As I sit down to write I have two thoughts on my mind. The first of these is simple, and the other more complex. Yet both are connected, specifically in the fact that they both deal with an online presence. I maintain this site mostly to help me further with my career. It serves as a place where I can promote my work and my interests, while still hopefully saying something interesting. To that end, my first thought is that I need to blog more, something I am trying to change as we speak.

My second thought is a bit more complex, and deals with the ALS Foundation's Ice Bucket Challenge. For those of you who might not have heard of this, it is an online challenge where you dump a bucket of ice water over your head, all the while videoing it and posting it online. This has gone completely viral, and it is for a good cause.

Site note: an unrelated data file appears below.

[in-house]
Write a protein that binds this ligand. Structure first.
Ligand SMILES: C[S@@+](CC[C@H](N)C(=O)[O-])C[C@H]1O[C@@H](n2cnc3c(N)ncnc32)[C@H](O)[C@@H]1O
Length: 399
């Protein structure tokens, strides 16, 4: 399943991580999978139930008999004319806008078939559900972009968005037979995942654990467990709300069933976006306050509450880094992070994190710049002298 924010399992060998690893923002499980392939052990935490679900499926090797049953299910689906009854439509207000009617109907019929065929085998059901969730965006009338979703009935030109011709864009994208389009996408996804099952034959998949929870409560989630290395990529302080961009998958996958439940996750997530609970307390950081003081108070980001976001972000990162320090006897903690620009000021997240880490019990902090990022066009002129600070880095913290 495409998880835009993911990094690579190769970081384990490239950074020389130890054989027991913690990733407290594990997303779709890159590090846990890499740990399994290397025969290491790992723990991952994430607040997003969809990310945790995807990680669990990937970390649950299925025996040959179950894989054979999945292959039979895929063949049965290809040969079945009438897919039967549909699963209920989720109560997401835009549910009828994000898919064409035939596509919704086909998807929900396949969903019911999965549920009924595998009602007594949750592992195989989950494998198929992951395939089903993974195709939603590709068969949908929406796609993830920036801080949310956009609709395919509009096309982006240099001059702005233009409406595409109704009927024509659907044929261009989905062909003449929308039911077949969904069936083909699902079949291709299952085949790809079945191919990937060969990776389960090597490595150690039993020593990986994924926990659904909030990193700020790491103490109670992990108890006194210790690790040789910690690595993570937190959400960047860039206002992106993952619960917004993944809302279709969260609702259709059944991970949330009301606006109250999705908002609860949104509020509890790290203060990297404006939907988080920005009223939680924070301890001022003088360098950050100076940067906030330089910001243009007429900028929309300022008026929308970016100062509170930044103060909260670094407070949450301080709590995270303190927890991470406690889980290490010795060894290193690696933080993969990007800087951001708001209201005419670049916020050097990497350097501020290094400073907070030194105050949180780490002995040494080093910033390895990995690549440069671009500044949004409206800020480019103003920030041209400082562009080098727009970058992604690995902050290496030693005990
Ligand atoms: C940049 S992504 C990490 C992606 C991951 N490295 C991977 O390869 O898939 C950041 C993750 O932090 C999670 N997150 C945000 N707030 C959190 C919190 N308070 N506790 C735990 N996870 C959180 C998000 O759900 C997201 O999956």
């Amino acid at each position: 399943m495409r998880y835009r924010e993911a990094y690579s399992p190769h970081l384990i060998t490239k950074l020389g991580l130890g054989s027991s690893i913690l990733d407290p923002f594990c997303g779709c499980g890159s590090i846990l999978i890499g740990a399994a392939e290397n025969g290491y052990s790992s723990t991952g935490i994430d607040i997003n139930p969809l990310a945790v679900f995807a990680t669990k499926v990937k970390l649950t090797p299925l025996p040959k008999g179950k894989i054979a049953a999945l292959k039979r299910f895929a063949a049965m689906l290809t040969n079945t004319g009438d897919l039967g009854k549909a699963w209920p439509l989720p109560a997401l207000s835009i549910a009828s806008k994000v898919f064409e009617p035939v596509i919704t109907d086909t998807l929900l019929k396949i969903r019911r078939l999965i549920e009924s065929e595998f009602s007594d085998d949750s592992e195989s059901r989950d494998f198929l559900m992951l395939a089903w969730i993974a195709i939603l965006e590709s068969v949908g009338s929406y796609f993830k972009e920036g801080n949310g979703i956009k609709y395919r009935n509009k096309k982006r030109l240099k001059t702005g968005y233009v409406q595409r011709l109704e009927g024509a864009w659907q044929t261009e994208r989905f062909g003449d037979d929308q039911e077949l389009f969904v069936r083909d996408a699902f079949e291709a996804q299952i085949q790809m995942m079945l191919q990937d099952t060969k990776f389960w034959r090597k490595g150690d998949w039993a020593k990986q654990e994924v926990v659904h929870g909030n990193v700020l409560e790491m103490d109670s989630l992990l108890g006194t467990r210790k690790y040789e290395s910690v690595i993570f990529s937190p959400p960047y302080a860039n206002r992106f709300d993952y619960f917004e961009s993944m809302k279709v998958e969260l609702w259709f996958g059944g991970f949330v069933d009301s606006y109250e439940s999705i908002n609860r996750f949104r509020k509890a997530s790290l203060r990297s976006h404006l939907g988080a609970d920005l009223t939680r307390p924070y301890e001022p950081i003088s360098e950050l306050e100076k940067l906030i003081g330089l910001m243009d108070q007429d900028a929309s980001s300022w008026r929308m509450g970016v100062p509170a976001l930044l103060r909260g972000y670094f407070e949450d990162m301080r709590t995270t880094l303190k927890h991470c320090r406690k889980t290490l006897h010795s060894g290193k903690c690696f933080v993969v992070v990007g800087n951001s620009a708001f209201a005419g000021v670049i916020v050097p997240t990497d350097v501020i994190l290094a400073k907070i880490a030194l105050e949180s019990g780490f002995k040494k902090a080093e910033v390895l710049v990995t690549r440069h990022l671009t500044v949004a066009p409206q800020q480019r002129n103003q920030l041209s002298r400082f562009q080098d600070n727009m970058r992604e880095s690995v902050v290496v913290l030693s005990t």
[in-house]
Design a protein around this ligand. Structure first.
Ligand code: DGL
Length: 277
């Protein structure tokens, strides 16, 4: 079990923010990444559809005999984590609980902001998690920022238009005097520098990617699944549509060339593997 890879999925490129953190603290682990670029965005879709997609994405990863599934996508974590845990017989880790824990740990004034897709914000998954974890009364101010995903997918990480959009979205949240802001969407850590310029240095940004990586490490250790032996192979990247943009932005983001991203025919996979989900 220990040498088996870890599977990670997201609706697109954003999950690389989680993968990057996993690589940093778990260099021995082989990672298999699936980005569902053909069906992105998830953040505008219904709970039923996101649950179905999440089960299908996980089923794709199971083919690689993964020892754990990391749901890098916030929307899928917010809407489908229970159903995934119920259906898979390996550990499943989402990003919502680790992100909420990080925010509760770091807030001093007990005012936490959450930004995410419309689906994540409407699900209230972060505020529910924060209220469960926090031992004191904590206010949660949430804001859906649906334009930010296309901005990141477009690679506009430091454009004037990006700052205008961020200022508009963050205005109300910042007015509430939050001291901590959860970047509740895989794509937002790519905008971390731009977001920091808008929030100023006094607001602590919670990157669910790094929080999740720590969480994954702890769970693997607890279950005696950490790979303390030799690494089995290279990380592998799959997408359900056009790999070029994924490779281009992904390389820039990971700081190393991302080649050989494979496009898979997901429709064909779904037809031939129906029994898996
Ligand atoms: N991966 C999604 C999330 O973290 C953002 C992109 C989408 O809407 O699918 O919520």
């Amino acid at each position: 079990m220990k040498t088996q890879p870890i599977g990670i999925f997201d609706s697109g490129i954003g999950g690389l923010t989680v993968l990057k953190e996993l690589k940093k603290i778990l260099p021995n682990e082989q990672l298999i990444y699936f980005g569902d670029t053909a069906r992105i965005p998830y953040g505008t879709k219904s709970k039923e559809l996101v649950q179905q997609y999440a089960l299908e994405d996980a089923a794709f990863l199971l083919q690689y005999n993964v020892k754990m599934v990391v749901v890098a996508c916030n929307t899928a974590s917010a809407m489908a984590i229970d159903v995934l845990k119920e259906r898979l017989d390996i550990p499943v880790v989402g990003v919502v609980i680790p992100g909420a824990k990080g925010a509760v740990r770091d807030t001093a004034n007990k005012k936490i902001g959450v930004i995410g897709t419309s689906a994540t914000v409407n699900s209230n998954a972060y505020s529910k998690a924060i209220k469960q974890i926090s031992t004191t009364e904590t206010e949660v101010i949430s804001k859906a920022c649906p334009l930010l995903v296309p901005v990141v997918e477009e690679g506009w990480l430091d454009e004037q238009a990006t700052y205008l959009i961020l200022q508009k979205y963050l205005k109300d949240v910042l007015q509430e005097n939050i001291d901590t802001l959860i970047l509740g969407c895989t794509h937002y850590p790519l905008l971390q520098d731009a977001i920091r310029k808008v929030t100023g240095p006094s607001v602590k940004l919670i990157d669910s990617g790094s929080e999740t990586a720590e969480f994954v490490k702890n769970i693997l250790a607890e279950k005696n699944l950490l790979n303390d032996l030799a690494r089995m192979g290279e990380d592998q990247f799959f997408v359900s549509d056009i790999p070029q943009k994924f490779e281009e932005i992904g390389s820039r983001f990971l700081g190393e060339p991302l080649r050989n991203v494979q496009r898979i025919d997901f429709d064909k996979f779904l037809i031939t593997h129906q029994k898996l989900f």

That being said, I find myself wondering what good that online presence actually does. It is great that awareness is being raised, but that awareness doesn't translate into more money into the charity's coffers, or to actually accomplishing any of the group's stated goals. This digital activism has a time and a place, but I can't help feel it comes as a detriment to actual boots on the ground. The easy thing to do is to push a button. The problem then becomes the people who believe that pushing that button will change anything with out any further action. The videos are the first step. It's time to move forward to the work at hand. (If you feel like helping out the ALS Foundation, their website is here: http://www.alsa.org/fight-als/.)

Monday, August 11, 2014

"What shadows we are, and what shadows we pursue."